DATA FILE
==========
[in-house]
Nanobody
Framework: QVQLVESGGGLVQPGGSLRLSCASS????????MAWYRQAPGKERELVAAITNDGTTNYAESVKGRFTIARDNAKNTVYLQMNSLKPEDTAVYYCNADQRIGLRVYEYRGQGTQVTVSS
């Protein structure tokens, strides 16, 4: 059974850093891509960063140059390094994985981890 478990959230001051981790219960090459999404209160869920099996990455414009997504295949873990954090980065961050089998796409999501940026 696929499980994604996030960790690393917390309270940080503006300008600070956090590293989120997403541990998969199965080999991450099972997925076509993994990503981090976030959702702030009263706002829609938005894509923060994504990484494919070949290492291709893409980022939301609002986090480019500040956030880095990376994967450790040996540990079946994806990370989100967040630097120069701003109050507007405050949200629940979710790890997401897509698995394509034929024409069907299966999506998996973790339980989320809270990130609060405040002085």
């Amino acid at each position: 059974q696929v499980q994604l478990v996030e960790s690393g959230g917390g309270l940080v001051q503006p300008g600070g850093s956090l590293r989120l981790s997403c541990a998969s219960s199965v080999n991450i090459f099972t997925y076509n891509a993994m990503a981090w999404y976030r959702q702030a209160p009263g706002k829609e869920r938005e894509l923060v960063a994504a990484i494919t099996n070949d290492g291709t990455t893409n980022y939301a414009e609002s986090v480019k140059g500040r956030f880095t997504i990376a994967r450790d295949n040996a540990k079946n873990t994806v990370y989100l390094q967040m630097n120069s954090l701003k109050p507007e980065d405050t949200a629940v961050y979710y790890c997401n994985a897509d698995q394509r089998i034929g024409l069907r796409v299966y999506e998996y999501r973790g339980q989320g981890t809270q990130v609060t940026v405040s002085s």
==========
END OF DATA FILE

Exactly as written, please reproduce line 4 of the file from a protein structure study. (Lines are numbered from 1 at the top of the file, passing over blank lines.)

């Protein structure tokens, strides 16, 4: 059974850093891509960063140059390094994985981890 478990959230001051981790219960090459999404209160869920099996990455414009997504295949873990954090980065961050089998796409999501940026 696929499980994604996030960790690393917390309270940080503006300008600070956090590293989120997403541990998969199965080999991450099972997925076509993994990503981090976030959702702030009263706002829609938005894509923060994504990484494919070949290492291709893409980022939301609002986090480019500040956030880095990376994967450790040996540990079946994806990370989100967040630097120069701003109050507007405050949200629940979710790890997401897509698995394509034929024409069907299966999506998996973790339980989320809270990130609060405040002085």